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This section presents information on average cost of care (NWAU) and funding source for admitted patient care.
In the information below you can explore information on funding source for admitted patient care, the cost per NWAU, total national weighted activity unit, and percentage of private patients.
The funding source describes the major source of funds used to pay for a hospitalisation. Funding sources are:
Hospitals account for a large share of the funds Australia spends on the health sector each year. One way to assess hospital efficiency is to see how much money each hospital uses in comparison to its peers to provide specific treatments or procedures.
Making comparisons is difficult, as some hospitals may use more resources to treat patients with the same diagnosis because the patients they treat are sicker and have more complex care requirements. Therefore, it is important to adjust for these differences before comparing the cost of care between hospitals.
To assist in the comparing the cost of care between hospitals, the former National Health Performance Authority developed Cost per National Weighted Activity Unit (NWAU). Cost per NWAU adjusts for the factors that increase hospital costs to allow comparison. The measure provides an indicator of relative efficiency across more than 80 of Australia’s largest public hospitals.
In the visualisation below you can explore information on the cost per NWAU, Total national weighted activity unit, and Percentage of private patients over the three-year period from 2012–13 to 2014–15 by hospital in each state and territory.
Between 2012–13 and 2014–15:
The National Weighted Activity Unit (NWAU) was developed by the Independent Hospital Pricing Authority to set the pricing of public hospital services eligible for Activity Based Funding (ABF). ABF is a system that funds hospitals according to the number and complexity of patients they treat, and the NWAU allows different hospital activities to be expressed in terms of a common unit of activity.
An ‘average’ public hospital service is worth 1 NWAU. More intensive and expensive activities are worth more than 1 NWAU, and simpler and less expensive activities are worth less. For example, a typical case of cellulitis might be assigned 0.7 NWAUs, as this condition requires fewer hospital resources than, for example, a typical knee replacement, which is assigned 4.0 NWAUs. Because of this weighting, the NWAU accounts for differences in the complexity of patients’ conditions or procedures, and a selection of individual patient characteristics (such as the patient remoteness area).
Cost per NWAU
Cost per NWAU is the cost associated with providing one ‘average’ unit (1 NWAU) of public hospital service, based on public hospital services provided to acute admitted patients whose treatment was eligible for ABF. It is an indicator of hospital efficiency.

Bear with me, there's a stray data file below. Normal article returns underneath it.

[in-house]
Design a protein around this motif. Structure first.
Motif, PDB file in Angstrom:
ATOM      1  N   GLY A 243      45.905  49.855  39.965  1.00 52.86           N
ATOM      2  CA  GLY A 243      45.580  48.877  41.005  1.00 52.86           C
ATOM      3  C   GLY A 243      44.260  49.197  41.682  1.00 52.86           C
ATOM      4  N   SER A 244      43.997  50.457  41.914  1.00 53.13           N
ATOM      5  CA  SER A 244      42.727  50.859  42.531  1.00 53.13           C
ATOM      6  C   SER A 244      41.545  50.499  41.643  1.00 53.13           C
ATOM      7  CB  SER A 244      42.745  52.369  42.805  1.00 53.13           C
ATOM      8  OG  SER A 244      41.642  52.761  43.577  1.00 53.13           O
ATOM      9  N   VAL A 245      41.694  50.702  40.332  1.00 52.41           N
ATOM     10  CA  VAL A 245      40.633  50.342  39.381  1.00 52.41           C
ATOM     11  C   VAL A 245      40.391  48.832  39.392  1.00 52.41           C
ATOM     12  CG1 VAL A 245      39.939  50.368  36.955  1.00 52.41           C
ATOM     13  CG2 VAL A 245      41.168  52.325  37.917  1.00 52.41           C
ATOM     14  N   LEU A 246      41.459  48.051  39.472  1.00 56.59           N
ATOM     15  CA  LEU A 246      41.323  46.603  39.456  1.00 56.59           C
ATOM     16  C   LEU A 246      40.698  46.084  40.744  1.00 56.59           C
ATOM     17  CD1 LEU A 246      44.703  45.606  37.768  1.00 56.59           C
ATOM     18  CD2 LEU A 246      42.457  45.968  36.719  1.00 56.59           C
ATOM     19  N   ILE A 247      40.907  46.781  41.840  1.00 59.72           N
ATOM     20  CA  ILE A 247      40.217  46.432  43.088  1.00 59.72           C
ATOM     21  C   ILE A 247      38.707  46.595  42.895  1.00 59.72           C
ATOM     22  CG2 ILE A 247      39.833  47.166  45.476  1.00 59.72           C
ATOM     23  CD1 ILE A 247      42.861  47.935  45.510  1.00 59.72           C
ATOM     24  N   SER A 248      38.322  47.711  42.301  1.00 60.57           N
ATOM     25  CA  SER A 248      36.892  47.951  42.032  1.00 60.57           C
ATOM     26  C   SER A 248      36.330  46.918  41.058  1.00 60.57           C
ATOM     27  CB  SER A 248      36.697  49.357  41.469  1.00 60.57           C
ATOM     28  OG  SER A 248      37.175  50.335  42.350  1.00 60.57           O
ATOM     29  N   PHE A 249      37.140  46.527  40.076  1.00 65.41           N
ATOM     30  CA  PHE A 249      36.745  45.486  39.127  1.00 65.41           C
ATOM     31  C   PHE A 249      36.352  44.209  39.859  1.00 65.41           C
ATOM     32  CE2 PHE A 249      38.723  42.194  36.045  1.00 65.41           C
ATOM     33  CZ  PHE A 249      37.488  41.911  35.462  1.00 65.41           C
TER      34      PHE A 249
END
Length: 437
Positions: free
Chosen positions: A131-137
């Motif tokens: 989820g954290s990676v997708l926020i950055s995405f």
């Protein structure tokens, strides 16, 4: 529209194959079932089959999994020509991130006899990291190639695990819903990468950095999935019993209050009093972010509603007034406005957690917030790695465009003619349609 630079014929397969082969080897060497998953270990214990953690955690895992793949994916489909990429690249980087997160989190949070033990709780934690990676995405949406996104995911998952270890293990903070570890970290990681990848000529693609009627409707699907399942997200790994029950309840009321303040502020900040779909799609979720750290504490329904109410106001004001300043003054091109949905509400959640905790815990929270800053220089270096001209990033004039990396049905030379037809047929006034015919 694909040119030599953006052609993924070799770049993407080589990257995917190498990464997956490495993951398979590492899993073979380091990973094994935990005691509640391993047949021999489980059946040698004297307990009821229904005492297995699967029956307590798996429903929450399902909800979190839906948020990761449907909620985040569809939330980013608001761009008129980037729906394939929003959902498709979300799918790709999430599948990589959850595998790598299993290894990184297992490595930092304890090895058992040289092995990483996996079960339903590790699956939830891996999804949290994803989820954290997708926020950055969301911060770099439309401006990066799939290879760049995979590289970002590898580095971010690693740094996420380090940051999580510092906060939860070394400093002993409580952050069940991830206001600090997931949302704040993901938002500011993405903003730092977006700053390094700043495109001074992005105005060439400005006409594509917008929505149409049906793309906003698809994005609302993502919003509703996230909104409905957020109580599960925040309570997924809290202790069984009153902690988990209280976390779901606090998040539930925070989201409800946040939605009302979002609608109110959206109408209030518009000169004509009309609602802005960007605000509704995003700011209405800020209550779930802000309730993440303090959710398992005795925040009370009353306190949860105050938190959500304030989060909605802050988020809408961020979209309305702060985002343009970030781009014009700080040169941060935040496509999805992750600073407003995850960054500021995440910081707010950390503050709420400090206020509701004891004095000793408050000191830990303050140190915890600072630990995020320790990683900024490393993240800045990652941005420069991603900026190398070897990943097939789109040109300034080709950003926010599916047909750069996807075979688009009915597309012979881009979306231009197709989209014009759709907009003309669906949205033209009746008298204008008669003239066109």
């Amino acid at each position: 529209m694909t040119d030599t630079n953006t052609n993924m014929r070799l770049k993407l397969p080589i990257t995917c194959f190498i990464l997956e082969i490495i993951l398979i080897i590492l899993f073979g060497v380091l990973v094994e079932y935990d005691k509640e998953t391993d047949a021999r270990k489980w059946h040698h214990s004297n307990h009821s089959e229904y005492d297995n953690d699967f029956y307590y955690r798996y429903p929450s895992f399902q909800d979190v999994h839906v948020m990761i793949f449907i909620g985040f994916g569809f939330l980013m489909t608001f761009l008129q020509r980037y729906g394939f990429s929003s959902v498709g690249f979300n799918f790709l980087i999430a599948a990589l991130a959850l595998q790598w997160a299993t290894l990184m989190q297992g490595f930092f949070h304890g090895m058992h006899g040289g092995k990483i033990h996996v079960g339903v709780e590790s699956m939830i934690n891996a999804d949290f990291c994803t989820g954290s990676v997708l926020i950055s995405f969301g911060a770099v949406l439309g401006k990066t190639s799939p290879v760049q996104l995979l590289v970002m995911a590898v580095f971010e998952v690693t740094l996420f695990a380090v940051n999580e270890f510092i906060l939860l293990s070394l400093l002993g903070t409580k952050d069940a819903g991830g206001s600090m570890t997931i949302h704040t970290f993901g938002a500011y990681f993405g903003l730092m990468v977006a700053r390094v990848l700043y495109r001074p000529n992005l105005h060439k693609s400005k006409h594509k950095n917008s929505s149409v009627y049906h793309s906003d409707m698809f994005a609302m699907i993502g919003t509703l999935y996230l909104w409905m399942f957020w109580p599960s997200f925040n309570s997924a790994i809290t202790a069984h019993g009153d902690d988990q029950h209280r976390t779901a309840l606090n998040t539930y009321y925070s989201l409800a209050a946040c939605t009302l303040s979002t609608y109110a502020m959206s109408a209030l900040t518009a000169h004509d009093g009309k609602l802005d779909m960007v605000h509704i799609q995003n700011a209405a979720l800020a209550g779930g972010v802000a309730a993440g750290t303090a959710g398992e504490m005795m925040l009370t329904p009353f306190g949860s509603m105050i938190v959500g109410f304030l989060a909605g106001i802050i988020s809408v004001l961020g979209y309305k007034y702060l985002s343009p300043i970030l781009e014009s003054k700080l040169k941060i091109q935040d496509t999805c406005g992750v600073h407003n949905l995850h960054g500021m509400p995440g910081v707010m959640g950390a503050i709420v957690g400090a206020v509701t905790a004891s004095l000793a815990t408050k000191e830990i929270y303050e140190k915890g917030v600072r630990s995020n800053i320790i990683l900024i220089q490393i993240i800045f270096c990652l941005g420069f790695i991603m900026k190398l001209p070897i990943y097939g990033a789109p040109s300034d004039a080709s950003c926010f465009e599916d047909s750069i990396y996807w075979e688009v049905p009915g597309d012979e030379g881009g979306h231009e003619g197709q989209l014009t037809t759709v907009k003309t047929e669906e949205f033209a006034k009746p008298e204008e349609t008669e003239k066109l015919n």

To ensure the national comparability of public hospitals, the cost per NWAU:
Cost per NWAU is calculated by dividing the total comparable running costs by the total NWAUs for acute admitted patients. This reflects the average cost of care for a hospital.
Private health insurance was reported for any hospitalisation that used Private health insurance to fund all or part of their admission, regardless of whether it was the major source of funds. A hospitalisation may be funded by more than one funding source, but information on those other funding sources is not available.
Between 2014–15 and 2018–19:
See more information about the data for definitions and methods used.
More information, Appendixes and caveat information, and data tables are available in the Info & downloads section.
Definitions of the terms used in this section are availabe in the Glossary.
The average cost weight for a hospital (or group of hospitals) is calculated as the sum of the cost weights for each acute separation, divided by the total number of acute separations for the hospital. For example, a hospital with an average cost weight of 1.05 has a 5% more costly casemix than the national average. Separate cost weights are usually estimated for the public and private sectors because of differences in the range of costs recorded in public and private hospitals. For example, private hospitals do not generally report imaging, pathology and medical costs as many of these services are charged directly to the patients by providers, whereas these are included for public hospitals.
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